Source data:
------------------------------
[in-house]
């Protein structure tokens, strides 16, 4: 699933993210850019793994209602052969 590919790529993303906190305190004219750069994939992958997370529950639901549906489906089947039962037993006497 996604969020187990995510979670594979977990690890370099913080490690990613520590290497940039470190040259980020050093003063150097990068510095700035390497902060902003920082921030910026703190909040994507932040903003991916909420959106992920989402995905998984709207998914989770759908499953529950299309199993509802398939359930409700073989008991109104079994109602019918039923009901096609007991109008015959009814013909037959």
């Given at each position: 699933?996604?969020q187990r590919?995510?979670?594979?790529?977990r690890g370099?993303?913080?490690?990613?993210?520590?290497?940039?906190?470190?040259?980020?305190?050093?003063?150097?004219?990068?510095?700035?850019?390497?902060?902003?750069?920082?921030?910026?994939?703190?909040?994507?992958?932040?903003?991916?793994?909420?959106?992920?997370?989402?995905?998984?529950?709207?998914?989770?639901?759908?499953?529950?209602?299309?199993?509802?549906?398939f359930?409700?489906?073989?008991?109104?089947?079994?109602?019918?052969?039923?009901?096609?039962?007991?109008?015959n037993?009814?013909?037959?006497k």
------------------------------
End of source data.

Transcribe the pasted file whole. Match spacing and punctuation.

[in-house]
């Protein structure tokens, strides 16, 4: 699933993210850019793994209602052969 590919790529993303906190305190004219750069994939992958997370529950639901549906489906089947039962037993006497 996604969020187990995510979670594979977990690890370099913080490690990613520590290497940039470190040259980020050093003063150097990068510095700035390497902060902003920082921030910026703190909040994507932040903003991916909420959106992920989402995905998984709207998914989770759908499953529950299309199993509802398939359930409700073989008991109104079994109602019918039923009901096609007991109008015959009814013909037959």
């Given at each position: 699933?996604?969020q187990r590919?995510?979670?594979?790529?977990r690890g370099?993303?913080?490690?990613?993210?520590?290497?940039?906190?470190?040259?980020?305190?050093?003063?150097?004219?990068?510095?700035?850019?390497?902060?902003?750069?920082?921030?910026?994939?703190?909040?994507?992958?932040?903003?991916?793994?909420?959106?992920?997370?989402?995905?998984?529950?709207?998914?989770?639901?759908?499953?529950?209602?299309?199993?509802?549906?398939f359930?409700?489906?073989?008991?109104?089947?079994?109602?019918?052969?039923?009901?096609?039962?007991?109008?015959n037993?009814?013909?037959?006497k």